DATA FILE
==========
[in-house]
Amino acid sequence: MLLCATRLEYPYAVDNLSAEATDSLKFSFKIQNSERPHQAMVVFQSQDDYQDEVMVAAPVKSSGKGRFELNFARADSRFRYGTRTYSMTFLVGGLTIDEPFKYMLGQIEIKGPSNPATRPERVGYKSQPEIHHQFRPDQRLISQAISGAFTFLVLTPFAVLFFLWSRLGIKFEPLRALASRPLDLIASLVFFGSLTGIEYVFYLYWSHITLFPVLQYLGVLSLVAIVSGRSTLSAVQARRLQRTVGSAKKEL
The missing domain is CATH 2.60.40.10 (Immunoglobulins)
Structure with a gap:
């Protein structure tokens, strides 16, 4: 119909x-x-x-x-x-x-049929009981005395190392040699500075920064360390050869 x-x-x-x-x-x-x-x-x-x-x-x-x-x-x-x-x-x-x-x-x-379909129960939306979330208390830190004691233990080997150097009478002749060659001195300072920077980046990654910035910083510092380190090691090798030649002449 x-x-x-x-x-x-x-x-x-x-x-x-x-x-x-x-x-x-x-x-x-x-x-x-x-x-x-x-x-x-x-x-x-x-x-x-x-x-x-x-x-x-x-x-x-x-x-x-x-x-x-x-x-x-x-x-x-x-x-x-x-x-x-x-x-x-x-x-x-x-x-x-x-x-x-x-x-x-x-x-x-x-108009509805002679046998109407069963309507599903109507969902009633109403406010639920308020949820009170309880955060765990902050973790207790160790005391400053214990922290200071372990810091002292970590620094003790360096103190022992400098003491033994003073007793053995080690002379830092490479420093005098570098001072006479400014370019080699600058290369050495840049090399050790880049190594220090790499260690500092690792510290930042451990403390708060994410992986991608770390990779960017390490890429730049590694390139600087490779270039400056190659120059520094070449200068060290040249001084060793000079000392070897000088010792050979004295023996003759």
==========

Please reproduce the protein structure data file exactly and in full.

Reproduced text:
[in-house]
Amino acid sequence: MLLCATRLEYPYAVDNLSAEATDSLKFSFKIQNSERPHQAMVVFQSQDDYQDEVMVAAPVKSSGKGRFELNFARADSRFRYGTRTYSMTFLVGGLTIDEPFKYMLGQIEIKGPSNPATRPERVGYKSQPEIHHQFRPDQRLISQAISGAFTFLVLTPFAVLFFLWSRLGIKFEPLRALASRPLDLIASLVFFGSLTGIEYVFYLYWSHITLFPVLQYLGVLSLVAIVSGRSTLSAVQARRLQRTVGSAKKEL
The missing domain is CATH 2.60.40.10 (Immunoglobulins)
Structure with a gap:
């Protein structure tokens, strides 16, 4: 119909x-x-x-x-x-x-049929009981005395190392040699500075920064360390050869 x-x-x-x-x-x-x-x-x-x-x-x-x-x-x-x-x-x-x-x-x-379909129960939306979330208390830190004691233990080997150097009478002749060659001195300072920077980046990654910035910083510092380190090691090798030649002449 x-x-x-x-x-x-x-x-x-x-x-x-x-x-x-x-x-x-x-x-x-x-x-x-x-x-x-x-x-x-x-x-x-x-x-x-x-x-x-x-x-x-x-x-x-x-x-x-x-x-x-x-x-x-x-x-x-x-x-x-x-x-x-x-x-x-x-x-x-x-x-x-x-x-x-x-x-x-x-x-x-x-108009509805002679046998109407069963309507599903109507969902009633109403406010639920308020949820009170309880955060765990902050973790207790160790005391400053214990922290200071372990810091002292970590620094003790360096103190022992400098003491033994003073007793053995080690002379830092490479420093005098570098001072006479400014370019080699600058290369050495840049090399050790880049190594220090790499260690500092690792510290930042451990403390708060994410992986991608770390990779960017390490890429730049590694390139600087490779270039400056190659120059520094070449200068060290040249001084060793000079000392070897000088010792050979004295023996003759």